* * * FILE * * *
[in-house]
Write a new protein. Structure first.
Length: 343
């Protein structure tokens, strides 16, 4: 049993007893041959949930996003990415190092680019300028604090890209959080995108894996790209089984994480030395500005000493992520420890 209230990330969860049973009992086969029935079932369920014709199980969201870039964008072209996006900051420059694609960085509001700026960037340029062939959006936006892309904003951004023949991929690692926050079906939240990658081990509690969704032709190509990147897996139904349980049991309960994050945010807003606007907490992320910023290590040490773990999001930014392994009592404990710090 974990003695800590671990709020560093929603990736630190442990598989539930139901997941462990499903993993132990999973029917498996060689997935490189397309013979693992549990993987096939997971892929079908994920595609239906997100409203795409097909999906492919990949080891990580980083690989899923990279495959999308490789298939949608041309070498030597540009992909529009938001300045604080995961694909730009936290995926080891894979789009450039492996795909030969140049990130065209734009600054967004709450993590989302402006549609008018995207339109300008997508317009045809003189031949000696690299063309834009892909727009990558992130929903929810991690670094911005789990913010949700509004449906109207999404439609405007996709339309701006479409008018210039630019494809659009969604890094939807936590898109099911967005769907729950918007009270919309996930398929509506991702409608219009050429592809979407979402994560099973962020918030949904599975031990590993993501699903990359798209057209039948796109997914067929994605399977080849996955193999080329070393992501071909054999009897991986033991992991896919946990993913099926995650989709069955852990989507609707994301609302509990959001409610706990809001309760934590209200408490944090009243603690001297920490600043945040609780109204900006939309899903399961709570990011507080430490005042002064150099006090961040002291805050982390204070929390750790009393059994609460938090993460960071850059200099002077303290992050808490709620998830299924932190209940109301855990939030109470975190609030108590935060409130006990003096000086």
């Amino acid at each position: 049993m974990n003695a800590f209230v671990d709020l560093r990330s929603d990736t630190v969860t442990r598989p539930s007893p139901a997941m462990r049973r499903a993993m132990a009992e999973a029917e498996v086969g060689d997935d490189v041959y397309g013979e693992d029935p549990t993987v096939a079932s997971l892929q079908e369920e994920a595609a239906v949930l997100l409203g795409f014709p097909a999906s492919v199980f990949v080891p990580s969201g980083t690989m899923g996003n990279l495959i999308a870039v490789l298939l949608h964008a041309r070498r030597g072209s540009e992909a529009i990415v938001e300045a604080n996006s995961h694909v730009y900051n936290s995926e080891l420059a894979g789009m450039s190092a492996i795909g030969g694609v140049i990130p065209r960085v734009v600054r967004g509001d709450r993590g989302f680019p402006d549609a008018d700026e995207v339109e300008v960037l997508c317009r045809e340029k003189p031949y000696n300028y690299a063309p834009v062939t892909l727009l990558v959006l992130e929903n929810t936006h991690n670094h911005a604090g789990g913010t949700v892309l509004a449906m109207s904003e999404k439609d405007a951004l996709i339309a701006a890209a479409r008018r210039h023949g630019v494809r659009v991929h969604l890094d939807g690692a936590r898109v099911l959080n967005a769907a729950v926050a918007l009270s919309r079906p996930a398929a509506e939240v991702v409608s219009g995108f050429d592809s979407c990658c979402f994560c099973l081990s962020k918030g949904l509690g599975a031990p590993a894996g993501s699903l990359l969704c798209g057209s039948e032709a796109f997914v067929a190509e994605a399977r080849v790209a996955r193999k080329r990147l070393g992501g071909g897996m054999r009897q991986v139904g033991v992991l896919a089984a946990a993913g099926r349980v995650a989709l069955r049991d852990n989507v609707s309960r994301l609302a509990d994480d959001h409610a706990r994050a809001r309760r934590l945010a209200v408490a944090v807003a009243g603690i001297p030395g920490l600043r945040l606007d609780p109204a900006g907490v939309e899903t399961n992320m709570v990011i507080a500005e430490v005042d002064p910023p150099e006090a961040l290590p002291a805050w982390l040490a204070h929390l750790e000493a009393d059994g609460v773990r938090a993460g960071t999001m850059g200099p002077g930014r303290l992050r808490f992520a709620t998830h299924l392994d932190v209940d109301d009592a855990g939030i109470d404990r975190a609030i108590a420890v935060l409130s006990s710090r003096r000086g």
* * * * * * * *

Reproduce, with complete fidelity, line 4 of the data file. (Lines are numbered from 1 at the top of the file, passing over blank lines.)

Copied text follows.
């Protein structure tokens, strides 16, 4: 049993007893041959949930996003990415190092680019300028604090890209959080995108894996790209089984994480030395500005000493992520420890 209230990330969860049973009992086969029935079932369920014709199980969201870039964008072209996006900051420059694609960085509001700026960037340029062939959006936006892309904003951004023949991929690692926050079906939240990658081990509690969704032709190509990147897996139904349980049991309960994050945010807003606007907490992320910023290590040490773990999001930014392994009592404990710090 974990003695800590671990709020560093929603990736630190442990598989539930139901997941462990499903993993132990999973029917498996060689997935490189397309013979693992549990993987096939997971892929079908994920595609239906997100409203795409097909999906492919990949080891990580980083690989899923990279495959999308490789298939949608041309070498030597540009992909529009938001300045604080995961694909730009936290995926080891894979789009450039492996795909030969140049990130065209734009600054967004709450993590989302402006549609008018995207339109300008997508317009045809003189031949000696690299063309834009892909727009990558992130929903929810991690670094911005789990913010949700509004449906109207999404439609405007996709339309701006479409008018210039630019494809659009969604890094939807936590898109099911967005769907729950918007009270919309996930398929509506991702409608219009050429592809979407979402994560099973962020918030949904599975031990590993993501699903990359798209057209039948796109997914067929994605399977080849996955193999080329070393992501071909054999009897991986033991992991896919946990993913099926995650989709069955852990989507609707994301609302509990959001409610706990809001309760934590209200408490944090009243603690001297920490600043945040609780109204900006939309899903399961709570990011507080430490005042002064150099006090961040002291805050982390204070929390750790009393059994609460938090993460960071850059200099002077303290992050808490709620998830299924932190209940109301855990939030109470975190609030108590935060409130006990003096000086």